IDDSI, monkeys and myths

A myth-busting blog!

Have you ever been asked to do something at work but not given a reason?

Or have been doing something for years thinking you know why but it turns out to be wrong?

Or you’re asked to do something, you then ask Why? and you’re told, “because that’s the way we do it around here“.

On that last one, there’s a story that often does the rounds on social media and I’ve even heard it in mandatory training sessions. There are a few versions but it usually goes something like this;

Apart from the awful animal abuse involved, this sounds like a common sense and reasonable result of an experiment to highlight something about psychology, behaviour, mimetic actions etc. of people at work.

Except, it never happened. Complete and utter Bullmyth.

Which I’m pleased about. Let’s leave monkeys alone.

Fortunately this monkey was never experimented on

But it shows the power of a believable myth. (The other myth is the Mehrabian myth that only up to 7% of words contribute towards our understanding of communication. Again, utter Bullmyth. This time a result of misunderstanding statistics in a perfectly good study. Don’t get me started…)

So that’s the monkeys and a couple of myths. What about IDDSI? Are there myths around that?

YES.

And some speech therapists (including me in the past) have perpetuated myths in training. We all need to unlearn things. That’s actually learning. We make mistakes. We make errors. We learn something new. We change our mind. We change our practice. We share with others.

It’s why I like science. Popper’s ‘falsifiability’ is perfectly valid in dysphagia research. We should do more of it, frankly.

Crack on Sandra, what do we believe about IDDSI that’s not true?

Well, let’s say the jury is out on the evidence.

The literature talks about ‘texture modified diets’ (TMD). This is now standardised using the IDDSI Framework. What TMD looks like in your country may have changed in its terminology and appearance but that doesn’t make much difference to the evidence for TMD’s use in dysphagia management over the years.

So here’s the TMD (or IDDSI) myths;

  • Texture modified diets prevent aspiration (and its complications)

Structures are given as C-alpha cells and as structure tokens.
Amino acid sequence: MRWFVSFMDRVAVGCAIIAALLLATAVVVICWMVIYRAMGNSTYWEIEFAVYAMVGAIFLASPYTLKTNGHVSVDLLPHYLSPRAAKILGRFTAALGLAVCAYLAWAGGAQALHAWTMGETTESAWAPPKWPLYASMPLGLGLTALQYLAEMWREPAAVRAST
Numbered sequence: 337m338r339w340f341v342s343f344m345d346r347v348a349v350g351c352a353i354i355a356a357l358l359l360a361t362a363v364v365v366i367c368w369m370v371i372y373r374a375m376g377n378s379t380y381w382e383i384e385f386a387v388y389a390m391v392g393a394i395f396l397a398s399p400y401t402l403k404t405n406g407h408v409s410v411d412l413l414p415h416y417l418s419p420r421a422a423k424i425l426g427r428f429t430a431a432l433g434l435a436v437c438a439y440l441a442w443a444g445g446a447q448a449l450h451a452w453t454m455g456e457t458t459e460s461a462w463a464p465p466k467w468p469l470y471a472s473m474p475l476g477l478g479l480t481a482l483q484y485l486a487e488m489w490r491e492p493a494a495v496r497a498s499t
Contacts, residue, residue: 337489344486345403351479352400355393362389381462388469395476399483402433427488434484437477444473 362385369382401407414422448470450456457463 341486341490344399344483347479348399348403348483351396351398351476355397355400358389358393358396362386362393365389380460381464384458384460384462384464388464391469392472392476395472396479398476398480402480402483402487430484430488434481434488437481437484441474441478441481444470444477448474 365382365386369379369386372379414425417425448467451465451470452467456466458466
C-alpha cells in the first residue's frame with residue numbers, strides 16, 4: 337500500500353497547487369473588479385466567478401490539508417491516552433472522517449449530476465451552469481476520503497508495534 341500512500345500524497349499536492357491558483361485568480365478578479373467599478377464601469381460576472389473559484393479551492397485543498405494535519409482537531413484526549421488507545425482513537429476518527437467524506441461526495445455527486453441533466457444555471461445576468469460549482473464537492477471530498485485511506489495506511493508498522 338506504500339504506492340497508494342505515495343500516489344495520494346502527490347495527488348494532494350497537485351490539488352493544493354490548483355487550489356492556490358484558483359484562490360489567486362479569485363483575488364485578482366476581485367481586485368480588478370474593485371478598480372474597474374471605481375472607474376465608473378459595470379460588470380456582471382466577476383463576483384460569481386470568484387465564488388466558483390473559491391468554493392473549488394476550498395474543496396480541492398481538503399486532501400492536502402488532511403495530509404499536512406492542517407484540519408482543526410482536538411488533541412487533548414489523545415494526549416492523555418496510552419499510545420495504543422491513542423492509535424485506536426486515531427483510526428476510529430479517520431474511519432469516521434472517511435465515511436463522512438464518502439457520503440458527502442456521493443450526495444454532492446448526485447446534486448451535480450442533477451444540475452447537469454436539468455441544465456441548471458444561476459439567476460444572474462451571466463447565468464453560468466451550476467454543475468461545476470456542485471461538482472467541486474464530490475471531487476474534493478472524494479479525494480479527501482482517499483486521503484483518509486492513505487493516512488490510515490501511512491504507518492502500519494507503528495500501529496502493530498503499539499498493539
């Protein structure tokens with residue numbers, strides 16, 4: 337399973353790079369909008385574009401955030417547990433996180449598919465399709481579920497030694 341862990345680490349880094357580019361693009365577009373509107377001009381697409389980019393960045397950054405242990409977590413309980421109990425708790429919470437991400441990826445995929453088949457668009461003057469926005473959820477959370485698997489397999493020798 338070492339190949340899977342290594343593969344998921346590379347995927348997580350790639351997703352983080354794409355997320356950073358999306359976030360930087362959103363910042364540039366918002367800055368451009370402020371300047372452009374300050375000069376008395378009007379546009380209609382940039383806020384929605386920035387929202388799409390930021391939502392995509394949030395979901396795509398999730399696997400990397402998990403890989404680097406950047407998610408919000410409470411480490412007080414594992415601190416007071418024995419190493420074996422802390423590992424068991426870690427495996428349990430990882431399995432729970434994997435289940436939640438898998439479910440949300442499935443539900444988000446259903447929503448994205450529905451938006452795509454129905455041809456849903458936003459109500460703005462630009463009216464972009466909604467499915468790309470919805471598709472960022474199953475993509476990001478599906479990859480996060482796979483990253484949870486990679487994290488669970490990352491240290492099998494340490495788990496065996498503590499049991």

• Texture modified diets prevent aspiration pneumonia (and its complications)

 Bullmyths!

“Overall, there is no convincing evidence to suggest that texture modified foods […] benefit adults with dysphagia by preventing pneumonia and its consequences”

O’Keefe, 20181

WHAT???!!! But it’s all over social media and mandatory training modules! Sandra, that can’t be right? As one famous publication puts it, shurely shome mishtake?!

Nope.

There is no evidence that IDDSIfying food prevents aspiration or prevents aspiration pneumonia. (And the outcomes of aspiration is another set of blogs altogether).

So why does TMD and IDDSI exist? What are speech therapists up to getting these poor patients to eat it, families and chefs struggling to make it, and massive changes all over the world to implement a new framework. What a scandal!

Let me reassure you. There are very good, evidence-based reasons for TMD and IDDSI. But aspiration isn’t one of them.

I’ll be following this blog with some discussion on the reasons for TMD. Keep your eyes peeled.

But if you really want to know why, we’ll soon be launching our new IDDSI education clinics.

Note, ‘education’, not ‘training’.

Before you learn how to make IDDSIfied meals, you need to know why.

And that the reason why isn’t because of any myths you believe.

I can guarantee, that with the best will in the world and with all your exceptional skills, you’ll continue to make errors based on a false rationale.

Sign up below to be the first to know when we release our new IDDSI education clinics for chefs, and for healthcare professionals. Unlearn those myths!

See you there!

  1. O’Keeffe, S.T., 2018. Use of modified diets to prevent aspiration in oropharyngeal dysphagia: is current practice justified? BMC Geriatr 18, 167. https://doi.org/10.1186/s12877-018-0839-7

Published by Sandra Robinson

Independent Speech and Language Therapist. Specialist Dysphagia Practitioner.

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